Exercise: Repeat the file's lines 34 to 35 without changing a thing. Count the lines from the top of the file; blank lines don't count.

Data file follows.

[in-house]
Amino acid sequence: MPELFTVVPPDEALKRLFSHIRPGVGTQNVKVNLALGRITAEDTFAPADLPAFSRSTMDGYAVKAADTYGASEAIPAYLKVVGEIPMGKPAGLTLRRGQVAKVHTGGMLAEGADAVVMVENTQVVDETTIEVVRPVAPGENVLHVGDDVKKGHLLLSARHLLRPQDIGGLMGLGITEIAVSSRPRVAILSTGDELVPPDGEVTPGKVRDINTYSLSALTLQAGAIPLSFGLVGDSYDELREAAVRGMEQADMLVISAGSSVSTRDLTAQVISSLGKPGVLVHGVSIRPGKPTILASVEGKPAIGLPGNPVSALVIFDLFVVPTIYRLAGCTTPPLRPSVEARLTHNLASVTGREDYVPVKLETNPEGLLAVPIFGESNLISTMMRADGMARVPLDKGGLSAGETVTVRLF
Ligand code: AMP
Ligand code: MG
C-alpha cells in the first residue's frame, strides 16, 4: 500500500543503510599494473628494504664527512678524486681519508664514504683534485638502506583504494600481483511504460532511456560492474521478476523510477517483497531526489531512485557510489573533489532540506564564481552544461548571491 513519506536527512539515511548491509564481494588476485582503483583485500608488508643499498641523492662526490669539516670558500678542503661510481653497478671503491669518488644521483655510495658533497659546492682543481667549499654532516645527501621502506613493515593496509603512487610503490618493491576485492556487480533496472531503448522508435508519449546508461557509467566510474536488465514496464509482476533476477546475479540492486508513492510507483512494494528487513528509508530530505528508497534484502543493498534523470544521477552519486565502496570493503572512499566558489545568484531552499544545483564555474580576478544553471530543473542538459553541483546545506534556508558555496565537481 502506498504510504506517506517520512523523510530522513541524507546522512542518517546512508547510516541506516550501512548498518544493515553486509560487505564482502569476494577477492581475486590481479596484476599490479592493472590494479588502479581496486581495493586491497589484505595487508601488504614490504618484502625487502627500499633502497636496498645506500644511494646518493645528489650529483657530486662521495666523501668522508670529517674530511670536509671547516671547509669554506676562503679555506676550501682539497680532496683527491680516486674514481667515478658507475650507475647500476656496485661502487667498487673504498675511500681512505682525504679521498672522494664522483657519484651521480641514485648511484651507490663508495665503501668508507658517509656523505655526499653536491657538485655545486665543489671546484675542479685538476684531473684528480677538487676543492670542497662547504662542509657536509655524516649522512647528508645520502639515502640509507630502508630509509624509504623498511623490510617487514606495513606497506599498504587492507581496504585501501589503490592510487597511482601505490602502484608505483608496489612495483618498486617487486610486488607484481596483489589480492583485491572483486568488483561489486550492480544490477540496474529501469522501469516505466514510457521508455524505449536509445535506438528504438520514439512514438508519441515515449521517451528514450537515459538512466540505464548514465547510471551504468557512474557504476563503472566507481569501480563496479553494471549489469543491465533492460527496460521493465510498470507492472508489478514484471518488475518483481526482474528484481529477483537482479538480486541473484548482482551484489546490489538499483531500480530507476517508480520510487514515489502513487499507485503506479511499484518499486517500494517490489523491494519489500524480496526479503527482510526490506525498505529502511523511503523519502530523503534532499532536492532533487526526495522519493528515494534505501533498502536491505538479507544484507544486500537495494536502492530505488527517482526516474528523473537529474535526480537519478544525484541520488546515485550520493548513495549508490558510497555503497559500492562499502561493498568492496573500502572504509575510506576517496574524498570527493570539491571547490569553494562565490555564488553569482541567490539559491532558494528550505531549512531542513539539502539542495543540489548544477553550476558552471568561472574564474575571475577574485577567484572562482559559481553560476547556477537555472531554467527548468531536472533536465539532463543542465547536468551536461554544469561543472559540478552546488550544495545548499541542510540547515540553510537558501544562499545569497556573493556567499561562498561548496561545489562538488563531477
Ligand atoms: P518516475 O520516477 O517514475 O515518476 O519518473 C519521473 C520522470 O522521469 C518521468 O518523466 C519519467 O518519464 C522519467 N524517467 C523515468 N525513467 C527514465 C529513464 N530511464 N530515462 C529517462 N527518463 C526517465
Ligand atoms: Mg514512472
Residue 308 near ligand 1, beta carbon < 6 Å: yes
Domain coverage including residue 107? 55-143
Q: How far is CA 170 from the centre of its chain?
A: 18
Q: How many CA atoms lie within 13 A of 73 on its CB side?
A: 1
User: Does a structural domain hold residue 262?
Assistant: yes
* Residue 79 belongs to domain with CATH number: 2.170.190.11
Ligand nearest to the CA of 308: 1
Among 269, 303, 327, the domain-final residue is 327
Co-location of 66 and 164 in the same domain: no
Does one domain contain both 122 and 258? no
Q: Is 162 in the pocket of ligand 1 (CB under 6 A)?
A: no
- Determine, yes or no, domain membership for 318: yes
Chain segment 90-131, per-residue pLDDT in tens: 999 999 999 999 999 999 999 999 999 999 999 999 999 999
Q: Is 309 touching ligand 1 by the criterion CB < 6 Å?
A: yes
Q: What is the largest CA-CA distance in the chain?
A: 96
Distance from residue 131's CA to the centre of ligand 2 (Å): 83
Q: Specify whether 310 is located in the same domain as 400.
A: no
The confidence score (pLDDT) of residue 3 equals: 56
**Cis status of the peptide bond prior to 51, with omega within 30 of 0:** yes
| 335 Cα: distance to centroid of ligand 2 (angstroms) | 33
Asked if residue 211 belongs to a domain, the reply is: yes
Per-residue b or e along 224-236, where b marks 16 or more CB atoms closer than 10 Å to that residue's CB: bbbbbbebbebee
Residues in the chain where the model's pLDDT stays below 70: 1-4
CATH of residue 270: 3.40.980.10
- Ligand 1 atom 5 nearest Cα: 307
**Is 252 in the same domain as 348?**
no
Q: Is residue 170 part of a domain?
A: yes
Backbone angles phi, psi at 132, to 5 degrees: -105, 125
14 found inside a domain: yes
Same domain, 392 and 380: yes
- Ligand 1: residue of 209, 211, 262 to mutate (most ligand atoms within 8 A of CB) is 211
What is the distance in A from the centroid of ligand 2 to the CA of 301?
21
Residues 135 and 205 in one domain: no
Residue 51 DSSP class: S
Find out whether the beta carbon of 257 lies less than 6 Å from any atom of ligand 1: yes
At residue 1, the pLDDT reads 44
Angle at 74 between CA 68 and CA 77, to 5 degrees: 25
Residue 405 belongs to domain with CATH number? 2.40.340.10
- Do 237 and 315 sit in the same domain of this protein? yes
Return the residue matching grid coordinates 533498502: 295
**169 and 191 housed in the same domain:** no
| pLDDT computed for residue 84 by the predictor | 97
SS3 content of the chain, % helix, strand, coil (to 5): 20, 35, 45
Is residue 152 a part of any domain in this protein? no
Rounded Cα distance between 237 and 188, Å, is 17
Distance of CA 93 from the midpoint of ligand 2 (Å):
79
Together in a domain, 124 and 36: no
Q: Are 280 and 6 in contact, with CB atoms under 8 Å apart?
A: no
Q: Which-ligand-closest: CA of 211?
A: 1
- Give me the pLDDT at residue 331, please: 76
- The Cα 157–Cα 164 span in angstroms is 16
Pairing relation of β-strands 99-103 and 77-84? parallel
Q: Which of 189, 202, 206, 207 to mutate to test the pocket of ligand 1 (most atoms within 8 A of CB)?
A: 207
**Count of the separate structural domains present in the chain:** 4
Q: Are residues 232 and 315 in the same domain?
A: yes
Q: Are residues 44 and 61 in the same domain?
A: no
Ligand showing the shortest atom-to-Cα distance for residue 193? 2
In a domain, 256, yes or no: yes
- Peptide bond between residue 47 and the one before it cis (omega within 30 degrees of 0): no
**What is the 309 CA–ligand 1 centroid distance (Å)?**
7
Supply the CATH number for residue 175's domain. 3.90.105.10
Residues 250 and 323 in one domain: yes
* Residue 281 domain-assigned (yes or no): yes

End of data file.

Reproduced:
| 335 Cα: distance to centroid of ligand 2 (angstroms) | 33
Asked if residue 211 belongs to a domain, the reply is: yes